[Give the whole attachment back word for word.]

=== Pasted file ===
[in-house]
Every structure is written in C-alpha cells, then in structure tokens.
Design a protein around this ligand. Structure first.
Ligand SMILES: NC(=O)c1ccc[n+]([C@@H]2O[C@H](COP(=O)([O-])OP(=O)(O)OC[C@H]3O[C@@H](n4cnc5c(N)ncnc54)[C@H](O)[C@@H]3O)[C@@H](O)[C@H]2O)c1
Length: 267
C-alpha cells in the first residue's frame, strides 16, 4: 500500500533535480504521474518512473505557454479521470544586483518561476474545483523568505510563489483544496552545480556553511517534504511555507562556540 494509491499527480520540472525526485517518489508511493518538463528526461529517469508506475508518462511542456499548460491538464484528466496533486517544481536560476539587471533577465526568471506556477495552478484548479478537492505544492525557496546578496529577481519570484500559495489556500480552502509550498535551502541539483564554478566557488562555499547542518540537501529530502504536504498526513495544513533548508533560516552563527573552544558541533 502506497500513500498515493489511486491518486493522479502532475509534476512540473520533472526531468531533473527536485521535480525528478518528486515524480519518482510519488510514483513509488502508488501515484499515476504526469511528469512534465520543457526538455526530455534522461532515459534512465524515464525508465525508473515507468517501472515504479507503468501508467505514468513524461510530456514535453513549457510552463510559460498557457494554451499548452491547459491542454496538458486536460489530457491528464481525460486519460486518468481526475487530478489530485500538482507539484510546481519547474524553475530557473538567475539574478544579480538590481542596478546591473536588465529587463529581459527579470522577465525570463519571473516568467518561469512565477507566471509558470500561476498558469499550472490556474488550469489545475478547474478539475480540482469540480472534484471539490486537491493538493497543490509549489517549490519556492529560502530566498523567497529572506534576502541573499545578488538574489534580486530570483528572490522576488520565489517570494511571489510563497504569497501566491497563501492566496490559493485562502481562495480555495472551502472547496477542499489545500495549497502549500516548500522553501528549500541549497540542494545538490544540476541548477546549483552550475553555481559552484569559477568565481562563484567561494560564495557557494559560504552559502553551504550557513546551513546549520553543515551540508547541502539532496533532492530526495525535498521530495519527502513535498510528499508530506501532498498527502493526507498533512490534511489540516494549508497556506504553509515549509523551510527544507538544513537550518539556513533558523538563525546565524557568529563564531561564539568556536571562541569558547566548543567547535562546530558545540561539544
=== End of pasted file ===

[in-house]
Every structure is written in C-alpha cells, then in structure tokens.
Design a protein around this ligand. Structure first.
Ligand SMILES: NC(=O)c1ccc[n+]([C@@H]2O[C@H](COP(=O)([O-])OP(=O)(O)OC[C@H]3O[C@@H](n4cnc5c(N)ncnc54)[C@H](O)[C@@H]3O)[C@@H](O)[C@H]2O)c1
Length: 267
C-alpha cells in the first residue's frame, strides 16, 4: 500500500533535480504521474518512473505557454479521470544586483518561476474545483523568505510563489483544496552545480556553511517534504511555507562556540 494509491499527480520540472525526485517518489508511493518538463528526461529517469508506475508518462511542456499548460491538464484528466496533486517544481536560476539587471533577465526568471506556477495552478484548479478537492505544492525557496546578496529577481519570484500559495489556500480552502509550498535551502541539483564554478566557488562555499547542518540537501529530502504536504498526513495544513533548508533560516552563527573552544558541533 502506497500513500498515493489511486491518486493522479502532475509534476512540473520533472526531468531533473527536485521535480525528478518528486515524480519518482510519488510514483513509488502508488501515484499515476504526469511528469512534465520543457526538455526530455534522461532515459534512465524515464525508465525508473515507468517501472515504479507503468501508467505514468513524461510530456514535453513549457510552463510559460498557457494554451499548452491547459491542454496538458486536460489530457491528464481525460486519460486518468481526475487530478489530485500538482507539484510546481519547474524553475530557473538567475539574478544579480538590481542596478546591473536588465529587463529581459527579470522577465525570463519571473516568467518561469512565477507566471509558470500561476498558469499550472490556474488550469489545475478547474478539475480540482469540480472534484471539490486537491493538493497543490509549489517549490519556492529560502530566498523567497529572506534576502541573499545578488538574489534580486530570483528572490522576488520565489517570494511571489510563497504569497501566491497563501492566496490559493485562502481562495480555495472551502472547496477542499489545500495549497502549500516548500522553501528549500541549497540542494545538490544540476541548477546549483552550475553555481559552484569559477568565481562563484567561494560564495557557494559560504552559502553551504550557513546551513546549520553543515551540508547541502539532496533532492530526495525535498521530495519527502513535498510528499508530506501532498498527502493526507498533512490534511489540516494549508497556506504553509515549509523551510527544507538544513537550518539556513533558523538563525546565524557568529563564531561564539568556536571562541569558547566548543567547535562546530558545540561539544